Managing conflicts of interest in the procurement process

Posted by Pete Loughlin in Procurement Best Practices 03 Jan 2017

One of the most commonly cited situations that illustrates poor procurement process is nepotism – the appointment of a supplier with a close personal connection with someone in the business. It’s not an ideal situation and it can lead to accusations ranging from simple favouritism or unfairness to fraud or collusion. But it’s not necessarily a bad thing. A close relative of one of the executives or of the procurement team may indeed be best placed to provide the goods and services required. A close personal connection could in fact be beneficial. Friendship engenders loyalty. The supplier could be a former employee whose intimate knowledge of the business is an advantage. But regardless, it doesn’t look good. Conflicts of interest need to be managed to ensure that the procurement process is objective and fair and that perceptions are managed to avoid suspicions of malpractice. So how should this be done?

Conflicts of interest are very normal and commonplace. People who spend a whole career in a single industry or profession get to know many people in the same industry and it is therefore inevitable that people will be dealing with friends and former colleagues when selecting suppliers. And it is important to be open about these relationships. In many businesses, it is a requirement to declare all interests that may introduce some bias in the selection process but this isn’t always enough. A declared interest may not be spotted in advance. How many company procurement processes require that the register of declared interests are examined? And what of informal procurement processes? There’s no need for an expensive tender exercise every time. The appointment of expert consultant for a one-off exercise for example – a situation when trusted friends and former colleagues are often appointed.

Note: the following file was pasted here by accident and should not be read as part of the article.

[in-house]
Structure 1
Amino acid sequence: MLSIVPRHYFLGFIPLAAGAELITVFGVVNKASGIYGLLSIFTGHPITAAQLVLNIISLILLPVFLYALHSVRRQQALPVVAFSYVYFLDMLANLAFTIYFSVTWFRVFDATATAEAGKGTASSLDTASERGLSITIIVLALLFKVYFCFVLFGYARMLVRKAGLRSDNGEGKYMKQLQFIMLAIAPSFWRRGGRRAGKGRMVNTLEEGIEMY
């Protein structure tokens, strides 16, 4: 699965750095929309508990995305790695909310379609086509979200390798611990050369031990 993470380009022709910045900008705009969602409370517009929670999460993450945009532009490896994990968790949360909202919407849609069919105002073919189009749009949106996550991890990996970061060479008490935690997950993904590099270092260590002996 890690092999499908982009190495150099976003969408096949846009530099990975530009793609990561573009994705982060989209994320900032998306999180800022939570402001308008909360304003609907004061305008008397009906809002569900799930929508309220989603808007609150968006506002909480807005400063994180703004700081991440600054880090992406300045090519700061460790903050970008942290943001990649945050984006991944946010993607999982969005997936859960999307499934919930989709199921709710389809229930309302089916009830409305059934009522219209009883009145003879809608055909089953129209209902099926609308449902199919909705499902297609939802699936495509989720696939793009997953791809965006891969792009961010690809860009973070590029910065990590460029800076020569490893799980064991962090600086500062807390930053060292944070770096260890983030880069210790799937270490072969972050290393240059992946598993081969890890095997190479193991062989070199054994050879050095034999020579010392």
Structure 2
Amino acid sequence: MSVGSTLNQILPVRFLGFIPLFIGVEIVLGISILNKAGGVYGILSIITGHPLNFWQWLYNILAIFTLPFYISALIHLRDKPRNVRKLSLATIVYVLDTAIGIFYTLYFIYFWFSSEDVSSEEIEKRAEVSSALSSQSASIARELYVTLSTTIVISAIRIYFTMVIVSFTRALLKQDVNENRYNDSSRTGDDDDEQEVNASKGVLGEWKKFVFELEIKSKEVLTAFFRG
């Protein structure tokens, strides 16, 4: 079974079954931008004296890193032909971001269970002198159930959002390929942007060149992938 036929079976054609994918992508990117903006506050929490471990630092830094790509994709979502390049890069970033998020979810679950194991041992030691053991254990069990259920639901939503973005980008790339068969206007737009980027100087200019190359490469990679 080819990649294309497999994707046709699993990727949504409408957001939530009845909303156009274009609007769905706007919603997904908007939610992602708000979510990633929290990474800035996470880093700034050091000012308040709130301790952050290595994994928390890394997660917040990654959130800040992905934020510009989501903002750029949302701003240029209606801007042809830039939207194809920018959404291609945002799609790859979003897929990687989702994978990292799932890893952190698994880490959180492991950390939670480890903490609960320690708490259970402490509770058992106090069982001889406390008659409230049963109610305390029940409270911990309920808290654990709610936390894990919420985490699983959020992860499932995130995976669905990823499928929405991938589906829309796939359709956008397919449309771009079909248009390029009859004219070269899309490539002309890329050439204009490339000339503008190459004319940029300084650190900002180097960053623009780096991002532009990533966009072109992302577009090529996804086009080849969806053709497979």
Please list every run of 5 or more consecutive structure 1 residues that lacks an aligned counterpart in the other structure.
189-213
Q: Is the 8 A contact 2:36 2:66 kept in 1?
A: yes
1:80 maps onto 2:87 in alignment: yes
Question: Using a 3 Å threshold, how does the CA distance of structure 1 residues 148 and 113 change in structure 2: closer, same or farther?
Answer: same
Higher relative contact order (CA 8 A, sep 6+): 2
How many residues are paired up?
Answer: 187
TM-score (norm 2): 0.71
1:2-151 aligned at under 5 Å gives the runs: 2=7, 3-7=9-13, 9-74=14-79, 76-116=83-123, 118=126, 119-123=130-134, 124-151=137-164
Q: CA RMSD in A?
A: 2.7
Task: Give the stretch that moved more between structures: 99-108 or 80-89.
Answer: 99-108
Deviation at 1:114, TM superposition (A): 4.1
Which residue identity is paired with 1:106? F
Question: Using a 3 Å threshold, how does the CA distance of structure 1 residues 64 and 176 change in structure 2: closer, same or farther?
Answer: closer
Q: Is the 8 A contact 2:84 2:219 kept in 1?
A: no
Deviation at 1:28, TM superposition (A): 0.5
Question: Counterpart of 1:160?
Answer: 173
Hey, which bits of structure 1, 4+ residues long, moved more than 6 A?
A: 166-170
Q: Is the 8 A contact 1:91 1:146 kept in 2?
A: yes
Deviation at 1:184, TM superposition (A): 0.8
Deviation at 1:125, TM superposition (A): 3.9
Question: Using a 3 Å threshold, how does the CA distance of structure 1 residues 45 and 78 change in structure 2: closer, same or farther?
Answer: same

Suppose a CPO wants a new contract management database. The IT buyer has a favourite solution that he knows very well – it’s her previous employer. Suppose further that the IT buyer is married to the account manager at the solution provider. In an informal procurement process it would be quite normal for the IT buyer to recommend the solution they know well that is fit for purpose and probably the most appropriate on the market. She may also be able to ensure she gets a good price because of the personal connection. But without the rigour of a formal process a perceived conflict of interest could leave the buyer exposed to accusations of favouritism, collusion – or worse.

RAPID is a project management or decision making tool similar in many respects to RACI (Responsible, Accountable, Consult, Inform). It was originally developed by Bain and it’s a tool to help make business decisions that will stick. It’s ideal for making procurement decisions and particularly useful in situations where there is or is perceived to be a potential conflict of interest that could frustrate the procurement process.

Like RACI, applying a RAPID style approach means allocating roles and responsibilities to all of the stakeholders under the headings “Recommend”, “Agree”, “Perform”, “Input” and “Decide”. In this example scenario, using the RAPID approach, the IT buyer retains the advantage of being able to pull strings to get a good price by taking on an “Input” role as well as being part of the “Recommend” group but by clearly declaring the potential conflict of interest, she can steer well clear of the “Decision” role and importantly, be seen to do so.

Perception is reality. Some organisations are highly charged political environments where errors of judgement and short cuts in best practice will be exploited by those intent on attacking offenders. Even when a decision is made that it is the right decision, if it cannot be shown to have been made in the correct way, it will be judged to be wrong.

Pete Loughlin can be found on twitter @peteloughlin

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